Friday morning, the morning of the party, I was so nervous that I was shaking while putting my hair up. I wasn’t even worried that Sarah and Randi would find out that I was going to a party without them. I was just so excited, that I was actually a little happy. I barely even paid any attention to any of my classes that day at school. I was so anxious for that evening that I couldn’t have paid attention, even if I tried. I didn’t even sit with Sarah and Randi at lunch. They watched me come down the hall toward them, expecting me to stop and eat with them, but I just walked on by. They even yelled after me.


“We’re over here, Helena,” Sarah yelled as she motioned for me to come over to them.
“Helena, where are you going?” Randi shouted after me.
“Does it matter? I honestly don’t think that either of you care,” I replied without even turning around. And man, did it feel good. I walked outside, sat on an empty bench outside and ate my peach-mango tofu. I was on my own little cloud nine, with the thought of companionship in the near future.


That night at exactly seven o’clock, I stood in front of my bathroom mirror with tears slowly making little trails of the rich black mascara, that I had applied perfectly just minutes before, down my once rosy cheeks. Other than my runny mascara, I looked exactly how I wanted to. I had ordered the perfect outfit consisting of a beautiful brown, knit wool skirt and auburn, fitted cotton blouse that I ordered from urban outfitters online, the night before. But right now, none of it really seemed to matter. Even though I desperately needed and wanted the change of friends and surroundings, somewhere, deep down, I was having trouble letting go of Sarah and Randi. They had been my only friends for so long and just like that, they were going to be gone. But then I realized that it wasn’t them I was having a hard time letting go of, for they had treated me terribly the entire time anyway. It was the change I was afraid of. What if the group at Aurelia’s party didn’t like me? I’d have no one to turn to if they didn’t. I was taking a big chance.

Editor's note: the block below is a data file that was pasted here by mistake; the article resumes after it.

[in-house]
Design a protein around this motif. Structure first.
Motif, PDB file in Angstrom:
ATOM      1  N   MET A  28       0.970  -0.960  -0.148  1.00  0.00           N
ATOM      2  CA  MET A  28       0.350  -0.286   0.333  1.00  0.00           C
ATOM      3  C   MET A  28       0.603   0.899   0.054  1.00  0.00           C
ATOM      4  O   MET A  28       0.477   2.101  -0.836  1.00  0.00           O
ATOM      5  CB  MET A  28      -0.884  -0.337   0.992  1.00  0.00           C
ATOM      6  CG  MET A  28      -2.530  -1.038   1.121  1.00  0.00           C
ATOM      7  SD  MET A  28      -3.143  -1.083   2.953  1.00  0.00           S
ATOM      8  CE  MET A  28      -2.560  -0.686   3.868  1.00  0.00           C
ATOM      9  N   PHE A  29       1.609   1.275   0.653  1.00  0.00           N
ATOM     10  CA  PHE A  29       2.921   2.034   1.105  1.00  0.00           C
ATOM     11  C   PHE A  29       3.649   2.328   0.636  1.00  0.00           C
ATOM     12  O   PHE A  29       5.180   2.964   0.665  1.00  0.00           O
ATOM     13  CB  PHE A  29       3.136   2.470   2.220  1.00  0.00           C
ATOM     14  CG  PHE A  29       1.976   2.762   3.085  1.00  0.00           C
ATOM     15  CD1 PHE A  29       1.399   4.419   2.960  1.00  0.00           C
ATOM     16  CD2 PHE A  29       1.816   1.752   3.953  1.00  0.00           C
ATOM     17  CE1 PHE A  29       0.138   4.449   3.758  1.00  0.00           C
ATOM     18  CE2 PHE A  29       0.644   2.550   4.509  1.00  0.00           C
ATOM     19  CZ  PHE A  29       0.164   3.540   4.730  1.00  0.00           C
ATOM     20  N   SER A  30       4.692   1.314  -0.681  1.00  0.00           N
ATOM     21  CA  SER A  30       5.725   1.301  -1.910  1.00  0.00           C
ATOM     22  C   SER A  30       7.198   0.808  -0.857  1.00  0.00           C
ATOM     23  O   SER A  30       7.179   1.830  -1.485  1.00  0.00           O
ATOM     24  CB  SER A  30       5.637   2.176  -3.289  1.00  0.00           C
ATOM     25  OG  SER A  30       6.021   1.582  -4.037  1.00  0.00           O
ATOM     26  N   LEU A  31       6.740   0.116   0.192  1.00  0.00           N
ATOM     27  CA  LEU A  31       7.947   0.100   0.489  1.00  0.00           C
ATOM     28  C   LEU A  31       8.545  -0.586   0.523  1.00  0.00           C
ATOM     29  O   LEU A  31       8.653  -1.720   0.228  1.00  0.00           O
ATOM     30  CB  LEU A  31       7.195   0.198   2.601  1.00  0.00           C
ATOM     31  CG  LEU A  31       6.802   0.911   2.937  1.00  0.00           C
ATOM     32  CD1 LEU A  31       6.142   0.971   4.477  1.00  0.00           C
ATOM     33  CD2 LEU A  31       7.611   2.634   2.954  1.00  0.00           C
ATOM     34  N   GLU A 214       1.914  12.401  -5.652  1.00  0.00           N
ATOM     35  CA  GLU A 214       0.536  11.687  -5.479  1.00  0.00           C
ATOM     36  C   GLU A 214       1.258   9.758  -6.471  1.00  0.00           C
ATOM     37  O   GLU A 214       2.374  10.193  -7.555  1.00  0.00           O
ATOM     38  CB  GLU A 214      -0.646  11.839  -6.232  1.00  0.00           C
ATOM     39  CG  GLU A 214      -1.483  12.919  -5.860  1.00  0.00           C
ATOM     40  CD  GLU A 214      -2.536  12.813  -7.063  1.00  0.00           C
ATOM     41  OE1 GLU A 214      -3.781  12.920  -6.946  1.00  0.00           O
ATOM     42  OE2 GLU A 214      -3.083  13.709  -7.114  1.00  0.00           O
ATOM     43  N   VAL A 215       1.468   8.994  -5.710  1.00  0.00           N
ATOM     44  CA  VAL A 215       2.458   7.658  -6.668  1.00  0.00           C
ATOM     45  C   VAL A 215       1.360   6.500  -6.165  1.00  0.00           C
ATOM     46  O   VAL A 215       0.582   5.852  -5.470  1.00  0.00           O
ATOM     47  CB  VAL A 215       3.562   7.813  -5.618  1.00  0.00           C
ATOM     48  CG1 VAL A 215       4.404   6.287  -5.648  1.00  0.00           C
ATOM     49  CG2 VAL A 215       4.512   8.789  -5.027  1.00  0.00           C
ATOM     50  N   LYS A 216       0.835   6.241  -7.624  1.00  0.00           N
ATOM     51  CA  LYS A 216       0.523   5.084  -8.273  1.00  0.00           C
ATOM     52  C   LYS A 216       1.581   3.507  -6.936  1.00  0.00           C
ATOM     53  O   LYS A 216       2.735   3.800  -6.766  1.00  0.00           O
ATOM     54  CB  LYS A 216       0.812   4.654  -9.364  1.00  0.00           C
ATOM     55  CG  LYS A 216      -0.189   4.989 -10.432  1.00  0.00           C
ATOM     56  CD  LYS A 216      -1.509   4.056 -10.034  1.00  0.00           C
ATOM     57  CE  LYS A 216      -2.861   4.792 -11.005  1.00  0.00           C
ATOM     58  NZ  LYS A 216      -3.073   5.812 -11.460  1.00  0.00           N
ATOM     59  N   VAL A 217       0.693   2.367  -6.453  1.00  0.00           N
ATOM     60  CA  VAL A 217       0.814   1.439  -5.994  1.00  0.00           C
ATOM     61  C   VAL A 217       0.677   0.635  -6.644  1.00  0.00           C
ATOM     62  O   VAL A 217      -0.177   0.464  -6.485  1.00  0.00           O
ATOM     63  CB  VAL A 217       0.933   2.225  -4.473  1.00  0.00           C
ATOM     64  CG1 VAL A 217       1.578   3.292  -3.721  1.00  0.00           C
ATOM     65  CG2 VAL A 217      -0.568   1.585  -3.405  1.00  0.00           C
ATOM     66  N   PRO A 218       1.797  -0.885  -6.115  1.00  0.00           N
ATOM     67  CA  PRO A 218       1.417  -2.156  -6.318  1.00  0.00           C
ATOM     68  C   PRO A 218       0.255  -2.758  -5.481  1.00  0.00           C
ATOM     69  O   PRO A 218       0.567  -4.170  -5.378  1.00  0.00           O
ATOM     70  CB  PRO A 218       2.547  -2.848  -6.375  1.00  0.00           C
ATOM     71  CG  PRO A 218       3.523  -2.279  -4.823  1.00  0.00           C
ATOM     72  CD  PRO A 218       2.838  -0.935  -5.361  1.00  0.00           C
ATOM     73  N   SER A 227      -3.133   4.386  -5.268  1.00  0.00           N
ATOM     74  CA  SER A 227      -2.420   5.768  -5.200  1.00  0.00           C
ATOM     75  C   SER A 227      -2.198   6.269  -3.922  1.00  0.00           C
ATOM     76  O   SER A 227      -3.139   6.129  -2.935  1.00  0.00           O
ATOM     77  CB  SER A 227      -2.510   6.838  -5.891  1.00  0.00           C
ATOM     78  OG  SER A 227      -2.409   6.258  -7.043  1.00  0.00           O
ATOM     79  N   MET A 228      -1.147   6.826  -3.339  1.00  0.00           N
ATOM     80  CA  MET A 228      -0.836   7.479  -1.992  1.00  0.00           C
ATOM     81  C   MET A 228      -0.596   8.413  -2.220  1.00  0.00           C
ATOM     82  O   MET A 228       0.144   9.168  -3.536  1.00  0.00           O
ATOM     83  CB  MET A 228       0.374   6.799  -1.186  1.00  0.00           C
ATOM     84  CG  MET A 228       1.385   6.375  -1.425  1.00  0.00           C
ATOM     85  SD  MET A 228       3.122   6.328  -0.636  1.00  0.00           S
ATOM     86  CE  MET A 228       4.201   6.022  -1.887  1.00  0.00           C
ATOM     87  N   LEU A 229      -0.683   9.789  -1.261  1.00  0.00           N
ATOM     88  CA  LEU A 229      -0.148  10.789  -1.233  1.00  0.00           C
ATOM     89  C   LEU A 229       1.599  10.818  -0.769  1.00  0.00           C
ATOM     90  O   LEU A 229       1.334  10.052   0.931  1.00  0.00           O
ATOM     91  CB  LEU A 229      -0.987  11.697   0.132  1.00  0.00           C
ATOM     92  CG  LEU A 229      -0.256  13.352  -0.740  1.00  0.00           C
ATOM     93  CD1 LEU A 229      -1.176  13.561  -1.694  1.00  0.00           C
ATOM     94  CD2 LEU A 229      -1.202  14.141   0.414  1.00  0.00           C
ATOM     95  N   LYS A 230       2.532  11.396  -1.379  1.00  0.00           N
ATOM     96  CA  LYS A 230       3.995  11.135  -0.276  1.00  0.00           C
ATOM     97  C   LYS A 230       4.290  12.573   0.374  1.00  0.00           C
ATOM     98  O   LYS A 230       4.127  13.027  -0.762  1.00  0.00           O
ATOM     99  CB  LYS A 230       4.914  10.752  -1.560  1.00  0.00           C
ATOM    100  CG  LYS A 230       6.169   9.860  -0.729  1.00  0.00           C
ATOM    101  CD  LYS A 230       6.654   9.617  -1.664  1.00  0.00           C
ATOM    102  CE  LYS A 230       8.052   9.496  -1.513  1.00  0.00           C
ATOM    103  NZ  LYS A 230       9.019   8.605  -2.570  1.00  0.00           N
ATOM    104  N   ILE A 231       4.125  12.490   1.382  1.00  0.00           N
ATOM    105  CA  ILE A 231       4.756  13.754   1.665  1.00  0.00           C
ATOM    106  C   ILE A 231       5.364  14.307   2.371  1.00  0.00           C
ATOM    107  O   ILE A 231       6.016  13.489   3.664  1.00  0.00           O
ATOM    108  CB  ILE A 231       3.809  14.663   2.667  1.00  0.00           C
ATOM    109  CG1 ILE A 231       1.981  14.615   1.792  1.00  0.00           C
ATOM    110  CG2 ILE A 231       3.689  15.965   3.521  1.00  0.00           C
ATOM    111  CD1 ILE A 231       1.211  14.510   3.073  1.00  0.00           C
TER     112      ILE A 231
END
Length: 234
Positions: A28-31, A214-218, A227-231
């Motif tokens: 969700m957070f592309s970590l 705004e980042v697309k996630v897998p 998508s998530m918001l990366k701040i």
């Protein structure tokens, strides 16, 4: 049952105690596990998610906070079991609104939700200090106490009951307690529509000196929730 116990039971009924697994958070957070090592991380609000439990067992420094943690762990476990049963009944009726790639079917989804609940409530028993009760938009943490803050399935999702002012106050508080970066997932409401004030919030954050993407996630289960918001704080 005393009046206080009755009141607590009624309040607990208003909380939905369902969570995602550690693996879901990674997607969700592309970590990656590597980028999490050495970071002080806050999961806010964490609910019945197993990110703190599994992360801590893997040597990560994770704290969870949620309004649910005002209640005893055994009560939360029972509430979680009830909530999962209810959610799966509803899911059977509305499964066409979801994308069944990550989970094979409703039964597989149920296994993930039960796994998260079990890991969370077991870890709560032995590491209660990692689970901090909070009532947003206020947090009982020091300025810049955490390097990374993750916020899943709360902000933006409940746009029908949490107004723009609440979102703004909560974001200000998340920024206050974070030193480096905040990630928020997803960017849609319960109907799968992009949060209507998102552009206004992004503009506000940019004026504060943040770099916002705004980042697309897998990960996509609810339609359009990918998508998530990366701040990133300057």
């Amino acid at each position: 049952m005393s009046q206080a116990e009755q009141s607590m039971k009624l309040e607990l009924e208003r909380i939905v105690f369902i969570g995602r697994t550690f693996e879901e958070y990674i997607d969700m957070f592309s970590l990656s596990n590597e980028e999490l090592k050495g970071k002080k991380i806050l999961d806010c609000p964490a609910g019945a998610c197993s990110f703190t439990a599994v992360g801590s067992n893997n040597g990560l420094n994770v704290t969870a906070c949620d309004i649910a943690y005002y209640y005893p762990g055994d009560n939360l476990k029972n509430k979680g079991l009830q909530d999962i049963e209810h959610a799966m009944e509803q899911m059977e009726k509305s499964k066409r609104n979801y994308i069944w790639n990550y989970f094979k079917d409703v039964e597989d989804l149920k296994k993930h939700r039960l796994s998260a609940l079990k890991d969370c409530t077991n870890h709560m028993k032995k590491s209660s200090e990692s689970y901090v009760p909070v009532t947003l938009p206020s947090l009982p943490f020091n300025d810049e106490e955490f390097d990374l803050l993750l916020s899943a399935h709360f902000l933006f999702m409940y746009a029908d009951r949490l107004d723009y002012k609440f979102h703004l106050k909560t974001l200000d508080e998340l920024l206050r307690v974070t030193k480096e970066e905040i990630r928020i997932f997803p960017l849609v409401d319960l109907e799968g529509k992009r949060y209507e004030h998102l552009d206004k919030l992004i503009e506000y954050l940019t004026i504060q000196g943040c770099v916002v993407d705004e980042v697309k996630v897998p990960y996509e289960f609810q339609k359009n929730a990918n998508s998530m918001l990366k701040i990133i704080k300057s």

After fixing my face and taking a few yoga breaths before grabbing my trusty hemp clutch, I was ready. Before, when Aurelia gave me directions to her place, I had discovered that her house was within walking distance. I decided that the fresh air would do me good. As I was walking down the dimly lit street, the stars were sparkling above me through a thin sheet of wispy clouds. The air was balmy, light and slightly smelled of trees and autumn. While a light breeze was blowing through my hair, I felt anxious yet calm.

I slowly walked up the steep steps of the grand Victorian house that I hoped to be Aurelia’s. I was very bad at giving and following directions, but had made an honest effort this time. I rang the doorbell and Aurelia answered the door after only a few seconds.

“You came. I was hoping that you would,” she said, a genuine smile on her face.

“Yeah, you made it sound like so much fun so I had to come. Your temptations are hard to resist,” I said jokingly.

“I try my best,” she retorted playfully, “Come on in, I told everyone about you and they’ve been dying to meet you.”

“Really?” I asked, in fear that she had exaggerated and I wouldn’t be able to live up to her description. She gave me a nod and I followed her into the front room. It was very cozy looking with large couches, cherry wood armchairs and a big welcoming fireplace. About ten other people filled the chairs and couches and were looking up at me.